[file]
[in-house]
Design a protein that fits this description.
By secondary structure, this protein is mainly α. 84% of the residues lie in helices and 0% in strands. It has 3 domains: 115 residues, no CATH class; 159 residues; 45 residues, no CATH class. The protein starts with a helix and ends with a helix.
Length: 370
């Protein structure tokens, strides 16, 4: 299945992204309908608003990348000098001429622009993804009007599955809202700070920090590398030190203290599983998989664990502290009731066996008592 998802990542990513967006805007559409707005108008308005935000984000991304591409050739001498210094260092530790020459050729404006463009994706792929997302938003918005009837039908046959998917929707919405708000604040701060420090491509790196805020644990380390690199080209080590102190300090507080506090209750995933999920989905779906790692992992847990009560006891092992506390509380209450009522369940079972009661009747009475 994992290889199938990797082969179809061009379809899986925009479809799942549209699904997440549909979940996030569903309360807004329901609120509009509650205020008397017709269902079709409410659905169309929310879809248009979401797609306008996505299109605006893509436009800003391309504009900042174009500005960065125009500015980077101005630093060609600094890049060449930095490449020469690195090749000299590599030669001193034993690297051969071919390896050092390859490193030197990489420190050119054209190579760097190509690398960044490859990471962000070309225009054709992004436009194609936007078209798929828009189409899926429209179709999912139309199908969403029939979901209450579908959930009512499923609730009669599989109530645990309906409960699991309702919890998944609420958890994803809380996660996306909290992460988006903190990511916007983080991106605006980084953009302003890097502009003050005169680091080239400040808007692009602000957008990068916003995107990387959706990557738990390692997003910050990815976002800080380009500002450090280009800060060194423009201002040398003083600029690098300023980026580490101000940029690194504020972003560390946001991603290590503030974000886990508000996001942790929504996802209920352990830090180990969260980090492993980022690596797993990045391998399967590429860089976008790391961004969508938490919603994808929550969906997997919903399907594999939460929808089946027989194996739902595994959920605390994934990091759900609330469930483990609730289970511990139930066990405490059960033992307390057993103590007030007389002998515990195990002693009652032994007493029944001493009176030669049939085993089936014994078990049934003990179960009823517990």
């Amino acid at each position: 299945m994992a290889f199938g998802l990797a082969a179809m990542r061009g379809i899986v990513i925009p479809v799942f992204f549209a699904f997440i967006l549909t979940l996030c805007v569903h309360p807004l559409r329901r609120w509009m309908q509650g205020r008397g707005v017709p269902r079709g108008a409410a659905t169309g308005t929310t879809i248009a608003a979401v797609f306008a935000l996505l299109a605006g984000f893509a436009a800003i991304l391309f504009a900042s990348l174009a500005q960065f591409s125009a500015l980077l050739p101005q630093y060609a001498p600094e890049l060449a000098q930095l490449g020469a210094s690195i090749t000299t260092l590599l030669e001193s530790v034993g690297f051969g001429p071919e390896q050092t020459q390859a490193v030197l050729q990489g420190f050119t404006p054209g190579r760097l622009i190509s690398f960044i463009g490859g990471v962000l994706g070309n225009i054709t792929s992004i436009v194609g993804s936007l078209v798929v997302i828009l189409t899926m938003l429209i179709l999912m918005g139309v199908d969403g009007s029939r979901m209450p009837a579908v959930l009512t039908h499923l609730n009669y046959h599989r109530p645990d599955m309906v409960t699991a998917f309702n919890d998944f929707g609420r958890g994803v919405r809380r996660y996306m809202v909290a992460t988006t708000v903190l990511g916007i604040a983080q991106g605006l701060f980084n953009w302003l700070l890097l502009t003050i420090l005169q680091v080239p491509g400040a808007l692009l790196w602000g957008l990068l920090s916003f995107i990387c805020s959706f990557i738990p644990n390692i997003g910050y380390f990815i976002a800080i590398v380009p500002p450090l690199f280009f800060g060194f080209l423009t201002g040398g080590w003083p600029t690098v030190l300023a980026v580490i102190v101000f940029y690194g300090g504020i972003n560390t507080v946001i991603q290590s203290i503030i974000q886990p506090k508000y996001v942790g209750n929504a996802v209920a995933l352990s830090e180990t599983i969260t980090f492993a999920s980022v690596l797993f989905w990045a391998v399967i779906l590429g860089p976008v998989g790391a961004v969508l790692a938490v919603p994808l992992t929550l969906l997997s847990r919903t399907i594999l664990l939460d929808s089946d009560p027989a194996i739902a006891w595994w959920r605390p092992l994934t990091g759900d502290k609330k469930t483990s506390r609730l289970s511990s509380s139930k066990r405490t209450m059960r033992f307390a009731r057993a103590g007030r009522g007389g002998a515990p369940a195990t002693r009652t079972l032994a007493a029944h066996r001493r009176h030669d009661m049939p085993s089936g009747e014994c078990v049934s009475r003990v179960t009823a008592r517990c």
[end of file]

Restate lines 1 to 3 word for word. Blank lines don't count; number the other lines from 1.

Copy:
[in-house]
Design a protein that fits this description.
By secondary structure, this protein is mainly α. 84% of the residues lie in helices and 0% in strands. It has 3 domains: 115 residues, no CATH class; 159 residues; 45 residues, no CATH class. The protein starts with a helix and ends with a helix.